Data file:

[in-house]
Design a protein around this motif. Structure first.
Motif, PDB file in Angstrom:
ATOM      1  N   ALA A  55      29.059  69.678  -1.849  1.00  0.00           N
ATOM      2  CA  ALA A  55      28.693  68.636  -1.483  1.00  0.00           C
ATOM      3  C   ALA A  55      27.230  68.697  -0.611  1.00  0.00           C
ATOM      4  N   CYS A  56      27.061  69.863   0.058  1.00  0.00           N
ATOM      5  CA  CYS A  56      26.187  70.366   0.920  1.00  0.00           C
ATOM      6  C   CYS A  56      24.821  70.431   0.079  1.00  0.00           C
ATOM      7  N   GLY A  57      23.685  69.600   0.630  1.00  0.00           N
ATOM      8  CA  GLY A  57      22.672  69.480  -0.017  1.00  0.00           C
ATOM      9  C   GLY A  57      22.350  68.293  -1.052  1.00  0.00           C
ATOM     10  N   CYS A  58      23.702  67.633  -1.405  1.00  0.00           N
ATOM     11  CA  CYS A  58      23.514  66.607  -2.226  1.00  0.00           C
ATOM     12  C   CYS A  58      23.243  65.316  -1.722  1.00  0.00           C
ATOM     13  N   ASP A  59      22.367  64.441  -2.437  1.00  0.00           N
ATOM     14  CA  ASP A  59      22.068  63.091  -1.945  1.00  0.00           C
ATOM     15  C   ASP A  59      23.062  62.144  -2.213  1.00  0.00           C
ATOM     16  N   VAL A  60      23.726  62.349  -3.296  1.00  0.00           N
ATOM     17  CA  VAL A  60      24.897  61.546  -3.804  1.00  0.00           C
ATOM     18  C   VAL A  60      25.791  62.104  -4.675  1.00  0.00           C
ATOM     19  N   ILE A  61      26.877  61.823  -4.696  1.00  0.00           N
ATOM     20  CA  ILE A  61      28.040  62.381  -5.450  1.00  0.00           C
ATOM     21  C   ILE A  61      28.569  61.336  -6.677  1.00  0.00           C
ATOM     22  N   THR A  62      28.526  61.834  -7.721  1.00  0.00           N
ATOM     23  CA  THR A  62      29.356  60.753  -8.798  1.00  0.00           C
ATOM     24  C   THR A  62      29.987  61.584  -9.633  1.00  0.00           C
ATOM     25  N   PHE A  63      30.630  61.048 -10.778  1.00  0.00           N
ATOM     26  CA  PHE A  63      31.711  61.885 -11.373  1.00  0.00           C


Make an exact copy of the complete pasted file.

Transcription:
[in-house]
Design a protein around this motif. Structure first.
Motif, PDB file in Angstrom:
ATOM      1  N   ALA A  55      29.059  69.678  -1.849  1.00  0.00           N
ATOM      2  CA  ALA A  55      28.693  68.636  -1.483  1.00  0.00           C
ATOM      3  C   ALA A  55      27.230  68.697  -0.611  1.00  0.00           C
ATOM      4  N   CYS A  56      27.061  69.863   0.058  1.00  0.00           N
ATOM      5  CA  CYS A  56      26.187  70.366   0.920  1.00  0.00           C
ATOM      6  C   CYS A  56      24.821  70.431   0.079  1.00  0.00           C
ATOM      7  N   GLY A  57      23.685  69.600   0.630  1.00  0.00           N
ATOM      8  CA  GLY A  57      22.672  69.480  -0.017  1.00  0.00           C
ATOM      9  C   GLY A  57      22.350  68.293  -1.052  1.00  0.00           C
ATOM     10  N   CYS A  58      23.702  67.633  -1.405  1.00  0.00           N
ATOM     11  CA  CYS A  58      23.514  66.607  -2.226  1.00  0.00           C
ATOM     12  C   CYS A  58      23.243  65.316  -1.722  1.00  0.00           C
ATOM     13  N   ASP A  59      22.367  64.441  -2.437  1.00  0.00           N
ATOM     14  CA  ASP A  59      22.068  63.091  -1.945  1.00  0.00           C
ATOM     15  C   ASP A  59      23.062  62.144  -2.213  1.00  0.00           C
ATOM     16  N   VAL A  60      23.726  62.349  -3.296  1.00  0.00           N
ATOM     17  CA  VAL A  60      24.897  61.546  -3.804  1.00  0.00           C
ATOM     18  C   VAL A  60      25.791  62.104  -4.675  1.00  0.00           C
ATOM     19  N   ILE A  61      26.877  61.823  -4.696  1.00  0.00           N
ATOM     20  CA  ILE A  61      28.040  62.381  -5.450  1.00  0.00           C
ATOM     21  C   ILE A  61      28.569  61.336  -6.677  1.00  0.00           C
ATOM     22  N   THR A  62      28.526  61.834  -7.721  1.00  0.00           N
ATOM     23  CA  THR A  62      29.356  60.753  -8.798  1.00  0.00           C
ATOM     24  C   THR A  62      29.987  61.584  -9.633  1.00  0.00           C
ATOM     25  N   PHE A  63      30.630  61.048 -10.778  1.00  0.00           N
ATOM     26  CA  PHE A  63      31.711  61.885 -11.373  1.00  0.00           C